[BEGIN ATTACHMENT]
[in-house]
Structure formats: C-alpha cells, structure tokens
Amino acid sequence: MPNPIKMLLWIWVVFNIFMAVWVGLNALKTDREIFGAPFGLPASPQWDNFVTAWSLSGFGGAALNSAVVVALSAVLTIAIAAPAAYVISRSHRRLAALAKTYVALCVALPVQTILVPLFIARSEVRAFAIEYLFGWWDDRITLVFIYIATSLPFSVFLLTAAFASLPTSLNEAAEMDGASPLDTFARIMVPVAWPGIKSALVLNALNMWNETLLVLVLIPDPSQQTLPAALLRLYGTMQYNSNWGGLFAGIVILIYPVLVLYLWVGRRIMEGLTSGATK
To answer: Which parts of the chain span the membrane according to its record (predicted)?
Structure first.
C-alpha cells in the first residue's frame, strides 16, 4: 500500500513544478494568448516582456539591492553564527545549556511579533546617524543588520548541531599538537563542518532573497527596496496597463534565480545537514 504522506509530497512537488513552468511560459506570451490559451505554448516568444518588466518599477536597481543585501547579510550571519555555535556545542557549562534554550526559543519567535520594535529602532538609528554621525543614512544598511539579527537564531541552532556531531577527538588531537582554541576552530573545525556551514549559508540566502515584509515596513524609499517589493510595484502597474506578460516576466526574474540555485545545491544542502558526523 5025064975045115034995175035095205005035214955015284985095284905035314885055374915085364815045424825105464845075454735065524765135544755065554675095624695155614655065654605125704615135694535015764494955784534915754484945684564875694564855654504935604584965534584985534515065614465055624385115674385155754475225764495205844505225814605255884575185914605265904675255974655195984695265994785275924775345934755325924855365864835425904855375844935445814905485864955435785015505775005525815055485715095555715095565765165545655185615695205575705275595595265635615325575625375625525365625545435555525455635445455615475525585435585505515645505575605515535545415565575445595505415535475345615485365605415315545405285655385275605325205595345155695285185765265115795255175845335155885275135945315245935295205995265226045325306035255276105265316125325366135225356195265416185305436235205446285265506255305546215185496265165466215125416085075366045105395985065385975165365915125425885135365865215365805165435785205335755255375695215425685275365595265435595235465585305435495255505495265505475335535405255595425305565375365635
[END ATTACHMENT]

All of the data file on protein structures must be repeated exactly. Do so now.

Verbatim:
[in-house]
Structure formats: C-alpha cells, structure tokens
Amino acid sequence: MPNPIKMLLWIWVVFNIFMAVWVGLNALKTDREIFGAPFGLPASPQWDNFVTAWSLSGFGGAALNSAVVVALSAVLTIAIAAPAAYVISRSHRRLAALAKTYVALCVALPVQTILVPLFIARSEVRAFAIEYLFGWWDDRITLVFIYIATSLPFSVFLLTAAFASLPTSLNEAAEMDGASPLDTFARIMVPVAWPGIKSALVLNALNMWNETLLVLVLIPDPSQQTLPAALLRLYGTMQYNSNWGGLFAGIVILIYPVLVLYLWVGRRIMEGLTSGATK
To answer: Which parts of the chain span the membrane according to its record (predicted)?
Structure first.
C-alpha cells in the first residue's frame, strides 16, 4: 500500500513544478494568448516582456539591492553564527545549556511579533546617524543588520548541531599538537563542518532573497527596496496597463534565480545537514 504522506509530497512537488513552468511560459506570451490559451505554448516568444518588466518599477536597481543585501547579510550571519555555535556545542557549562534554550526559543519567535520594535529602532538609528554621525543614512544598511539579527537564531541552532556531531577527538588531537582554541576552530573545525556551514549559508540566502515584509515596513524609499517589493510595484502597474506578460516576466526574474540555485545545491544542502558526523 5025064975045115034995175035095205005035214955015284985095284905035314885055374915085364815045424825105464845075454735065524765135544755065554675095624695155614655065654605125704615135694535015764494955784534915754484945684564875694564855654504935604584965534584985534515065614465055624385115674385155754475225764495205844505225814605255884575185914605265904675255974655195984695265994785275924775345934755325924855365864835425904855375844935445814905485864955435785015505775005525815055485715095555715095565765165545655185615695205575705275595595265635615325575625375625525365625545435555525455635445455615475525585435585505515645505575605515535545415565575445595505415535475345615485365605415315545405285655385275605325205595345155695285185765265115795255175845335155885275135945315245935295205995265226045325306035255276105265316125325366135225356195265416185305436235205446285265506255305546215185496265165466215125416085075366045105395985065385975165365915125425885135365865215365805165435785205335755255375695215425685275365595265435595235465585305435495255505495265505475335535405255595425305565375365635